Interestingly it is someone who signs themself as “MP” who questions the probity and morals of government, he probably has been more closely involved with the shadiness of those in government than us mere mortals. Andy is quite probably biased but that does not mean he is not right. PV is a good investment at present. It is subject to review and if the take-up spirals then government will withdraw the Fits but not from those already in the scheme who have made a 25 year index linked investment(I could see a number of legal cases arising from that). Why shouldn’t those who are retired on a fixed income, from investment, benefit from putting PV on their roof, it is more lucrative investment than the banks that have been robbing us all blind for more than 25 years.
    Interestingly government is looking at giving the fuel poor a lump sum to invest in renewable technology, so they will be able to benefit along with the rest of us. The losers? The energy suppliers who will have fewer and fewer people to charge high rates to (I won’t lose any sleep there)and the few who cannot be bothered to install clean energy systems, even when others are paying for it.

  10. 10 Autonomous Mind 30/09/2010 at 2:43 pm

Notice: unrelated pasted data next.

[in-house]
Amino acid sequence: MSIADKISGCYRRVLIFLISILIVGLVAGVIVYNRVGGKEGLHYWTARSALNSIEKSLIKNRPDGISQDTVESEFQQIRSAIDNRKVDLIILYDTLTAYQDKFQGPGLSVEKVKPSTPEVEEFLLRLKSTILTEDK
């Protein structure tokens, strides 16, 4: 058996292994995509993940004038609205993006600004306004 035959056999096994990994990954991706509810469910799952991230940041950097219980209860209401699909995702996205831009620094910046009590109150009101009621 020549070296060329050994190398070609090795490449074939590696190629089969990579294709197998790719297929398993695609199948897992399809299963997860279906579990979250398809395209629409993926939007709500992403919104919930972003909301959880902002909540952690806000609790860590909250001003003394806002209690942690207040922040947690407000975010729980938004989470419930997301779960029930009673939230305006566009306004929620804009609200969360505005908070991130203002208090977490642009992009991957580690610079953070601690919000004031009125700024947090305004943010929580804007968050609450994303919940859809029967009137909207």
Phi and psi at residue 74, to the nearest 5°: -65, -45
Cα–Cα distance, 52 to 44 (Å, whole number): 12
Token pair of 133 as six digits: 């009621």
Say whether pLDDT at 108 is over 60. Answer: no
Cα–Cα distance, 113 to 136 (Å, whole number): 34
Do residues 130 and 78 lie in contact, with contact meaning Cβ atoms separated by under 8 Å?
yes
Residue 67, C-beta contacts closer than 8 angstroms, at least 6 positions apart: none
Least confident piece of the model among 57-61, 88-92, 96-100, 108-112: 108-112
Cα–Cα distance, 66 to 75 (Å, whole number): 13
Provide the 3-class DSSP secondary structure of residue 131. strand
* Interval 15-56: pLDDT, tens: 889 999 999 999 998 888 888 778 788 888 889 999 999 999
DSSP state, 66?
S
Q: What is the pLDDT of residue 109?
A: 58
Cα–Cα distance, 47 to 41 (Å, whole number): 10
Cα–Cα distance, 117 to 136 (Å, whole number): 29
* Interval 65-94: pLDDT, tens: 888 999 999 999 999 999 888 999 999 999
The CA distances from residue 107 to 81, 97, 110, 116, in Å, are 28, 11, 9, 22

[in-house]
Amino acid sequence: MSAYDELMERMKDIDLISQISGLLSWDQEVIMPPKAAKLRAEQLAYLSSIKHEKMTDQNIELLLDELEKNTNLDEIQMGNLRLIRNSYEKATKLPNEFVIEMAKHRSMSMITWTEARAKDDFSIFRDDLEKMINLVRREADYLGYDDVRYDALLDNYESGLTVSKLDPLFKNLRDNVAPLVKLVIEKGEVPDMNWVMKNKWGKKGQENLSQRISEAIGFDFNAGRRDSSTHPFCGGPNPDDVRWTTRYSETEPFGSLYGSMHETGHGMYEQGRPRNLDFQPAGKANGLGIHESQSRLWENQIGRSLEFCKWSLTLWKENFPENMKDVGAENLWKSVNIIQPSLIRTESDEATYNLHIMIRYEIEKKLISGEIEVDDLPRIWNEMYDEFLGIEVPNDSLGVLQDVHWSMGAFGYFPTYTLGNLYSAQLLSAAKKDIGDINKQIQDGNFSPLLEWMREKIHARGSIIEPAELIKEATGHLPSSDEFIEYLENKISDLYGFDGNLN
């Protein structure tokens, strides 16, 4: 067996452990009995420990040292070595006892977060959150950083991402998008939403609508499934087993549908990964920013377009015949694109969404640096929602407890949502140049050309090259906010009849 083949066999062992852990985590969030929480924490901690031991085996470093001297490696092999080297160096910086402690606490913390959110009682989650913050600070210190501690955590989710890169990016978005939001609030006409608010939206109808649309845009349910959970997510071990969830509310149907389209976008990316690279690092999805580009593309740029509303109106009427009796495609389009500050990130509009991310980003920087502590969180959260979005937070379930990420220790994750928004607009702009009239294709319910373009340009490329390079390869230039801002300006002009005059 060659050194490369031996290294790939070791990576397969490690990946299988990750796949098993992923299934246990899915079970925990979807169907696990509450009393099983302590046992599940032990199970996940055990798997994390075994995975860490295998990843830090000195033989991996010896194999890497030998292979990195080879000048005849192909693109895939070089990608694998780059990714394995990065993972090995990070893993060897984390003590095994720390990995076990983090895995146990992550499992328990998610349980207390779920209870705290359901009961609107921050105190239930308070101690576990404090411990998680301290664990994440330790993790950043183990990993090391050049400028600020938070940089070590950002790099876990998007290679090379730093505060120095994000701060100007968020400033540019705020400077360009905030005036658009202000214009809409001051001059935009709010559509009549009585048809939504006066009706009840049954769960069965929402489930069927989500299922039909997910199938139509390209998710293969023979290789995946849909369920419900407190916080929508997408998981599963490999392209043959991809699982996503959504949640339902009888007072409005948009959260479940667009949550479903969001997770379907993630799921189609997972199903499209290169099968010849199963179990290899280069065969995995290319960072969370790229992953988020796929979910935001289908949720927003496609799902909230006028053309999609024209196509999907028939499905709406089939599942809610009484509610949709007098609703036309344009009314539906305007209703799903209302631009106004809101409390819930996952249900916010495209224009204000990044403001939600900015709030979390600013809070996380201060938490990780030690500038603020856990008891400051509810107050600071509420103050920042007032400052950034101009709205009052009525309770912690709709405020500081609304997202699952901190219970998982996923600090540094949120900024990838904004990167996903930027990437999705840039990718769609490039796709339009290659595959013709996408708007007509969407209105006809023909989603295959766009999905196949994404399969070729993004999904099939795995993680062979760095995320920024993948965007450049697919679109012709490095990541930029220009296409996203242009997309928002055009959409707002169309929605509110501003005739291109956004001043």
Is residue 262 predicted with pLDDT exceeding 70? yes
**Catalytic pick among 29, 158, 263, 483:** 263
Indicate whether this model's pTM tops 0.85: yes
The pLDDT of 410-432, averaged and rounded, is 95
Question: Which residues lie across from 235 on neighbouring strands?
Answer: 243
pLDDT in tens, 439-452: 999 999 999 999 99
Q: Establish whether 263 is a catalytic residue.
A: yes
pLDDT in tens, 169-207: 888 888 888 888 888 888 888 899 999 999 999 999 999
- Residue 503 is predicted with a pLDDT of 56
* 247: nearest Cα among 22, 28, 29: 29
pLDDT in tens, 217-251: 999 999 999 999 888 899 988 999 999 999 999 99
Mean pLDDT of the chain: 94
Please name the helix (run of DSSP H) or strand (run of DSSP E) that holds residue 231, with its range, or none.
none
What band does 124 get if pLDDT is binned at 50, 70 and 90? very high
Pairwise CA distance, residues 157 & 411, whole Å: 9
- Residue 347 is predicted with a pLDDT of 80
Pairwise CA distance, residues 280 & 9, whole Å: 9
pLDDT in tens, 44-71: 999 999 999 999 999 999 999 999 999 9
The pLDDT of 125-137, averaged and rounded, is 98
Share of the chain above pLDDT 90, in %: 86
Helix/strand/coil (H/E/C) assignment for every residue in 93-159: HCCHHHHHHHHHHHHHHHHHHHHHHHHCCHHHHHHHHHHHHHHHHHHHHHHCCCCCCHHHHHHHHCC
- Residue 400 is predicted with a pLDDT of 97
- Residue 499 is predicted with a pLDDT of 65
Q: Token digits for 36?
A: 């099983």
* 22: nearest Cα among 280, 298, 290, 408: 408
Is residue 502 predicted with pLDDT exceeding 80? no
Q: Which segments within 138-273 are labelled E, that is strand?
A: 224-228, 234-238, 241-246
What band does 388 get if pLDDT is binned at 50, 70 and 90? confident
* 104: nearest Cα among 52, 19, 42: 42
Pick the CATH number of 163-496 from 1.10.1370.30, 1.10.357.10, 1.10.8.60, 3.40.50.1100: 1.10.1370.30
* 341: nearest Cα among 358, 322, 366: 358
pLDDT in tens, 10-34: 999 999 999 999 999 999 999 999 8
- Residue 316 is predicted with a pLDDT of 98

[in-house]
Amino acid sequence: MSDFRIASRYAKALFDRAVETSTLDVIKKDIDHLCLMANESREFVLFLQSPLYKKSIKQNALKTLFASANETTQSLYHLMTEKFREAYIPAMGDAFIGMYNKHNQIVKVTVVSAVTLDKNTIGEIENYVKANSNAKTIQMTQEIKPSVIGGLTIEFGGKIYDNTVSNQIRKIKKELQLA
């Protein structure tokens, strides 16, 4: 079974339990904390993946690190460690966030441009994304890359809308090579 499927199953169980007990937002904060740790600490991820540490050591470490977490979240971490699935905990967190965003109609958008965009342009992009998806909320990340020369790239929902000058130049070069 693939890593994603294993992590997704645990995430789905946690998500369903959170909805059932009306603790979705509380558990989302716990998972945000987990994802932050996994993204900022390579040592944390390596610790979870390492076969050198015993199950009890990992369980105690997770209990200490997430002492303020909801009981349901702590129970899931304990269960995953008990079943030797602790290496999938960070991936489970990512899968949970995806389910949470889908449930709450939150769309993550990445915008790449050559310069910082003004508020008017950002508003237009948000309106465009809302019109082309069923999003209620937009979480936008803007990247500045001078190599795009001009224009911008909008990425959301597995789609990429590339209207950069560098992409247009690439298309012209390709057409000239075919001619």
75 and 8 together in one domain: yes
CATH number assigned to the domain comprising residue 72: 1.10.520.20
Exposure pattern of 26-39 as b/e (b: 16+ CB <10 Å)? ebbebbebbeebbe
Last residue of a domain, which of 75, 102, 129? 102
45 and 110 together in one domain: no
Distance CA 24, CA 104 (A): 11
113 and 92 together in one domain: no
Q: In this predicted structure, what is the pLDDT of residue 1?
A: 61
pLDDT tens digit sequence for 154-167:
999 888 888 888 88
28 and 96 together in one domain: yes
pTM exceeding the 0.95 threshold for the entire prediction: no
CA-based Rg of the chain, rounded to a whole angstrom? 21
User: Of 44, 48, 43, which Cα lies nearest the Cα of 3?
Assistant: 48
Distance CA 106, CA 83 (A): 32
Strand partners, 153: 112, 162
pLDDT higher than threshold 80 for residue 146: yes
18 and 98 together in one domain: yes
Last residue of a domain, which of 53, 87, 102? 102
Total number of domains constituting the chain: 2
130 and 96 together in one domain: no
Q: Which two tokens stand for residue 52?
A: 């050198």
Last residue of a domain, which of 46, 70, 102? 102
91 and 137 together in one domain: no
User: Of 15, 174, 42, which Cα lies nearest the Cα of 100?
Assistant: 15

You seem to miss the point Mike. You ask, why should people not benefit from investing in PV on their roof? Easy. Because the rest of us are paying way over the odds for the energy the PV feeds in to the grid. Instead of the banks ripping us off, now it is the government with this arbitrary and expensive tariff.

    This lump sum you talk about for renewables, where do you think the money comes from? It’s our tax pounds. More cost to those who won’t be able to benefit but have to foot the bill. Insulation was another wheeze. Around 1/3 of properties cannot benefit from cavity wall or loft insulation, so their occupiers are simply ignored but still expected to pay for the benefit enjoyed by others.

    Far from being worse off, the energy companies will make yet more money through subsidy received for the worst kind of renewables. Turkeys don’t vote for Christmas. Seems to me you don’t understand the money train behind this scam.

  11. 11 cosmic 05/10/2010 at 5:22 pm

    Bill Quango’s got a very good point, which is that anyone tempted to go along with a jolly wheeze relying on government enforced subsidies, would be a fool not to account for the risk that a future government could backtrack completely, or find some way to make them far less attractive than they appear now, however cast-iron the guarantees seem to be.

    I’m not sure how the risk could be quantified, but subjectively, “probable” seems right.

  12. 12 NIKOLA-TESLA-SECRET.TK 09/03/2013 at 3:00 am

    It’s not my first time to pay a quick visit this web page, i am browsing this website dailly and get nice facts from here all the time.


  1. 1 L’escroquerie s’étend | Contrepoints Trackback on 25/09/2010 at 11:00 am
  2. 2 nourishing obscurity » All aboard for more enviro-lunacy Trackback on 26/09/2010 at 10:19 am
  3. 3 Let taxpayer funded wind power subsidies end now « Autonomous Mind Trackback on 03/01/2011 at 2:44 pm
  4. 4 It’s all about the money « Autonomous Mind Trackback on 03/01/2011 at 6:32 pm
Comments are currently closed.



Enter your email address below

The Harrogate Agenda Explained

Email AM

Bloggers for an Independent UK

AM on Twitter

STOR Scandal

Autonomous Mind Archive